I’ve come to a realization, though. Basic Skills competitions are about skating, sure, but the lessons are larger than that.
- How to prepare for a competition. Basic Skills competitions help skaters understand what to expect at a competition, what to bring, and how to act.
- How to deal with losing. Not everyone will place first all the time. Judges are different, days are different, and some skaters are just better. This is all good. How will your skater deal with disappointment? What words can you say when you think she should have received first, but received fourth instead?
- How to deal with winning. Sometimes your skater will place first. I’ve seen first-place skaters jump up and down and shout “In your face!” Not classy. Learning how to win gracefully is just as important as learning how to lose.
- How to deal with unfairness. Is your skater in a group of eight when groups are supposed to be limited to six competitors? Is your skater skating against a kid twice her age? Is there a skater in the group who is obviously “skating down” several levels? Well, parents, these things happen, especially at Basic Skills competitions.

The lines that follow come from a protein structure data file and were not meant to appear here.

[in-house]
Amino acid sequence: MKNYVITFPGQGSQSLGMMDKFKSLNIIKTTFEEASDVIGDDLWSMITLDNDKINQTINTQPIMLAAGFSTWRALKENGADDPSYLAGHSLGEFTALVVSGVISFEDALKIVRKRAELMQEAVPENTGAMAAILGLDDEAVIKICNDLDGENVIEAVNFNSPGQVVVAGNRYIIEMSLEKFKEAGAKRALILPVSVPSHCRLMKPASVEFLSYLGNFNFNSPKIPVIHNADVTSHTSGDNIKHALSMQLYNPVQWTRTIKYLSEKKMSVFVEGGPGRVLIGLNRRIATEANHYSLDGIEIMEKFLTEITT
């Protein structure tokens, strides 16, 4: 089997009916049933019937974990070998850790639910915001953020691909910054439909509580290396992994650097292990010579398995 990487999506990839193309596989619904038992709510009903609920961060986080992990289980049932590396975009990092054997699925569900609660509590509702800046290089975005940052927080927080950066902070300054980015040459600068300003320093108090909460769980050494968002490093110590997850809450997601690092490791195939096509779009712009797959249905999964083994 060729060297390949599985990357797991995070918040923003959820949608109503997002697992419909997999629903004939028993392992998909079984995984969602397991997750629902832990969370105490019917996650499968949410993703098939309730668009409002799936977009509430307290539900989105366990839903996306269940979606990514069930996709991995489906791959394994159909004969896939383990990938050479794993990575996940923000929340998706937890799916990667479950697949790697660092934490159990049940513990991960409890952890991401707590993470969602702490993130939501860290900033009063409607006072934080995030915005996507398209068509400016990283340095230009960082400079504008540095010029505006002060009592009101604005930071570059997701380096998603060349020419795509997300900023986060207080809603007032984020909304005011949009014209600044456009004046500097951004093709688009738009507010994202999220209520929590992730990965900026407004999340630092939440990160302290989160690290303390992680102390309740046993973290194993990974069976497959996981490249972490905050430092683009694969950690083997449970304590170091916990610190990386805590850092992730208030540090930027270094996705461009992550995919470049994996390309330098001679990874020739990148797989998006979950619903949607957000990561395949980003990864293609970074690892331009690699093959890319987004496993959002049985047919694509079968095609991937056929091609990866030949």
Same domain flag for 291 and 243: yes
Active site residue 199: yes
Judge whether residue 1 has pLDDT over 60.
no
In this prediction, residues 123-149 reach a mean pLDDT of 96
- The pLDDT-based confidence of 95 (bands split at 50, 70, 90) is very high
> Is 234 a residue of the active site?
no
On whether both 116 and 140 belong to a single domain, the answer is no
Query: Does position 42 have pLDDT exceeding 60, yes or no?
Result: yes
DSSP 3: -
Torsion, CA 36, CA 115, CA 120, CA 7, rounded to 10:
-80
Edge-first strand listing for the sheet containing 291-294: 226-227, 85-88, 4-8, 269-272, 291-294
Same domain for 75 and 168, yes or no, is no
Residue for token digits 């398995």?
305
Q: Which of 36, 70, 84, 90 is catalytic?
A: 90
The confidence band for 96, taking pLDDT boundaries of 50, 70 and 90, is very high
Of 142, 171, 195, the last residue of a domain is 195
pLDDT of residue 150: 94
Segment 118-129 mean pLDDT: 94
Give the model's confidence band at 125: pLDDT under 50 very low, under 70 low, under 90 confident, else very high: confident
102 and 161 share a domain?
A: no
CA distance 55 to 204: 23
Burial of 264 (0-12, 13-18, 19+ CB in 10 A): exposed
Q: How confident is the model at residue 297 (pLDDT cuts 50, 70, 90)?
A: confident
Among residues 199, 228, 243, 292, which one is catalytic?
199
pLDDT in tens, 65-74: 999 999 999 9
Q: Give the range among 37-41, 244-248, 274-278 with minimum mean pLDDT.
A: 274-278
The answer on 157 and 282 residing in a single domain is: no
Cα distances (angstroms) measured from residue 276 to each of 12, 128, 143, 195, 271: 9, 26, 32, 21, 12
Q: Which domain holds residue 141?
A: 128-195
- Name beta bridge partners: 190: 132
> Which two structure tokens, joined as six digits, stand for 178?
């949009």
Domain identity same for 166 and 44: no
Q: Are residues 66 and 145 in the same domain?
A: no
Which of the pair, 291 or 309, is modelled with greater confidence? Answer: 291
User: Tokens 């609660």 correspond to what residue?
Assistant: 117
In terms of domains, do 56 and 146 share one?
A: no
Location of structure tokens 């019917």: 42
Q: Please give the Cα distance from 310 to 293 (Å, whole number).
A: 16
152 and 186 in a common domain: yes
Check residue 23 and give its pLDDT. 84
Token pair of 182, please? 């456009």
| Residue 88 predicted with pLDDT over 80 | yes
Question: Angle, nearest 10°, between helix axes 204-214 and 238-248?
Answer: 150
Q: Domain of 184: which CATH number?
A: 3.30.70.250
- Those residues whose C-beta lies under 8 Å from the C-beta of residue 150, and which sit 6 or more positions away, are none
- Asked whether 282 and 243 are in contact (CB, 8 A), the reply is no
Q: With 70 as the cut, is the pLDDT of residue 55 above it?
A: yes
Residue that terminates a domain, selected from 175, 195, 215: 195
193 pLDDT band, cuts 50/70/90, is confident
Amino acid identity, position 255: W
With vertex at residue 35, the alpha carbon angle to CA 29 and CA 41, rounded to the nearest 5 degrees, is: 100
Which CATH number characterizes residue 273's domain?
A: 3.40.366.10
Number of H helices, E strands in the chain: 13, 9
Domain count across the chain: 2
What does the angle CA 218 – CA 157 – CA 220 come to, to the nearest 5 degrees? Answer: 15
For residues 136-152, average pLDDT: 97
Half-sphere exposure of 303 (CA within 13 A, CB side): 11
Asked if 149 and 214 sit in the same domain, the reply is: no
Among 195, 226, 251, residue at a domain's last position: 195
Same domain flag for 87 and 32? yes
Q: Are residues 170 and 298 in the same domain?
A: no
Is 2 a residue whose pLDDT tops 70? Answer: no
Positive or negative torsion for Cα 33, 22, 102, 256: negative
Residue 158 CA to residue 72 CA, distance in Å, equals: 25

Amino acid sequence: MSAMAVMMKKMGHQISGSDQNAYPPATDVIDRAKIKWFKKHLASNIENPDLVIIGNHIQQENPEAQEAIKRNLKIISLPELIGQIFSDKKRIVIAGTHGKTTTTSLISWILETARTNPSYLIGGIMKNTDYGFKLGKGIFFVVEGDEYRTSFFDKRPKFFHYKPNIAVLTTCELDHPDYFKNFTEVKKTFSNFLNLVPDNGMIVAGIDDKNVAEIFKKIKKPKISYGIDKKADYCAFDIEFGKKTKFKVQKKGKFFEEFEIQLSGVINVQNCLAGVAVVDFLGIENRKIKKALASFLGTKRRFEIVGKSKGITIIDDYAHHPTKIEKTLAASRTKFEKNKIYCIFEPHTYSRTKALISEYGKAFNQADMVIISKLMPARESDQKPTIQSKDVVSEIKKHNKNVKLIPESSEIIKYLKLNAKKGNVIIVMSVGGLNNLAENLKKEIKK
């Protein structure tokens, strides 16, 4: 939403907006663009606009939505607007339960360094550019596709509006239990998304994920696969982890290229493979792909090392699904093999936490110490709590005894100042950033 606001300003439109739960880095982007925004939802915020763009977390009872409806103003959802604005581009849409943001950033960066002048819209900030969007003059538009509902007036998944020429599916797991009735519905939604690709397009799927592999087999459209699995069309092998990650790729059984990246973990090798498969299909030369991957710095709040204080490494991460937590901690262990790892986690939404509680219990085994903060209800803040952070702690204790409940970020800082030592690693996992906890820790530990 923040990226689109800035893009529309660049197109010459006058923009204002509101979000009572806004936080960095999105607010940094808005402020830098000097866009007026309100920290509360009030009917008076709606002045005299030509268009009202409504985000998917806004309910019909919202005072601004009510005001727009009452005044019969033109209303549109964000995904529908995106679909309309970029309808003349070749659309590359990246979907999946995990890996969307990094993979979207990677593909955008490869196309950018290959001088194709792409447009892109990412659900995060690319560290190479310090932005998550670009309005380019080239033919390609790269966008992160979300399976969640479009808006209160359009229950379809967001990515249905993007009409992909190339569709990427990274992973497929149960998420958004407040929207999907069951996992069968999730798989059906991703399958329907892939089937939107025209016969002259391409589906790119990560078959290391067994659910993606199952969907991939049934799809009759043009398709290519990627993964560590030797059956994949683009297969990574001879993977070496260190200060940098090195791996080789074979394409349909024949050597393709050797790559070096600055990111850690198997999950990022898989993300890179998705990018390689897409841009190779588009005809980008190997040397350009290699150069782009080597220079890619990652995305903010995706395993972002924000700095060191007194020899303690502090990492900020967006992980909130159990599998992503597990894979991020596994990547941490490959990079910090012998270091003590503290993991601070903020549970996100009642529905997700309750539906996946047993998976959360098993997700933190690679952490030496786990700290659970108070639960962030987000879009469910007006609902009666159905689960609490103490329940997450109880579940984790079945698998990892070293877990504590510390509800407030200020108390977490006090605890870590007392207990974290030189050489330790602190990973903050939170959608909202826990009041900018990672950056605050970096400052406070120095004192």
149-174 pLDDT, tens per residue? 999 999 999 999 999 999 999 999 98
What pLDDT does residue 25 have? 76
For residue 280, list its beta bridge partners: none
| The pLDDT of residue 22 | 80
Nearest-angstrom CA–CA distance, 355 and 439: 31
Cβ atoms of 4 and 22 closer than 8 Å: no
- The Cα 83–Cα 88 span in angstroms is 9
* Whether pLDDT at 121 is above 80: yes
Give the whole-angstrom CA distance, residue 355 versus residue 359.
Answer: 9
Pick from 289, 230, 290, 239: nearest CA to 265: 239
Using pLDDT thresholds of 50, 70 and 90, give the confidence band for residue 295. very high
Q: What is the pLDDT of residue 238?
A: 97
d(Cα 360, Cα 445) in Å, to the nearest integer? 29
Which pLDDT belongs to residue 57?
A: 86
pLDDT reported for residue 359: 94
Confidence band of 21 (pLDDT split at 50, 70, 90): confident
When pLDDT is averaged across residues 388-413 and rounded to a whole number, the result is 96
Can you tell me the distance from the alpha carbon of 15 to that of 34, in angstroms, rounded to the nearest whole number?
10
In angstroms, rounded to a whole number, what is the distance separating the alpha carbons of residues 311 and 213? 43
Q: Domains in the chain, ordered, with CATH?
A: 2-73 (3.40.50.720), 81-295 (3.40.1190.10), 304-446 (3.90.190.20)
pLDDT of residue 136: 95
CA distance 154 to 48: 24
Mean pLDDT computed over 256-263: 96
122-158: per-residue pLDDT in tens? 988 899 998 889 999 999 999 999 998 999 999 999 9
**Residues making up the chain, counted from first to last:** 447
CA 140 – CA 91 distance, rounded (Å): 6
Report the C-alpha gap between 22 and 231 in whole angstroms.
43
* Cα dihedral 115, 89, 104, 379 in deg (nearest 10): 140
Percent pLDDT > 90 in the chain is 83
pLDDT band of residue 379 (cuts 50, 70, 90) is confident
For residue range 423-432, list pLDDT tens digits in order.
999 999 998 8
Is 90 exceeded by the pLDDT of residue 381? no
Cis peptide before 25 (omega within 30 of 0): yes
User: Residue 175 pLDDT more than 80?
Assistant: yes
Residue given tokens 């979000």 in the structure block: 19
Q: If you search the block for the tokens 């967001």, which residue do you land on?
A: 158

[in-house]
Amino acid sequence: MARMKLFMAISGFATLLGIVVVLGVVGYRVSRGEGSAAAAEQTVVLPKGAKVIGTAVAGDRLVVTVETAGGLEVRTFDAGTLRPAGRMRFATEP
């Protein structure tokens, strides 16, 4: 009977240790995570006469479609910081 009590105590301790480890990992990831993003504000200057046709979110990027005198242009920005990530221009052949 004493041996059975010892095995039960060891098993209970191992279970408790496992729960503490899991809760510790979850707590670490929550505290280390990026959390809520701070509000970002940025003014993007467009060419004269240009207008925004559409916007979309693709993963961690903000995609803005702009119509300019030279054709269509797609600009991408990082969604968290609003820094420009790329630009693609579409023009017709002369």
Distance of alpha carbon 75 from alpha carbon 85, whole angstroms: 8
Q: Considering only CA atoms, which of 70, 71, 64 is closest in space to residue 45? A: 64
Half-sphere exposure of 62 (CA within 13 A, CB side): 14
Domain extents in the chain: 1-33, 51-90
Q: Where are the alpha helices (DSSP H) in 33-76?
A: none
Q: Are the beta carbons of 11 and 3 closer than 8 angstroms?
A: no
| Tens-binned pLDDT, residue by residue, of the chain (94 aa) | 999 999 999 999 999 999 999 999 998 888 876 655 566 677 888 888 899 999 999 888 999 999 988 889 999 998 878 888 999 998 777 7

Instead of whining about how it could be more fair, I’ve decided to smile and teach Ice Girl how to deal with inequities. Let’s face it: in any sport you’ll find bad calls, teams that needlessly run up the score, and crummy refs. Skating isn’t any different.
- Competitions are about character. Sure, your skater needs to have figure skating skills, but the jumps and spins are what practice and lessons are all about. Your skater’s not going to the competition to perfect her Salchow, but to perform it. That’s a mental game. Competitions favor kids with a strong mental game, a good attitude, and a positive outlook.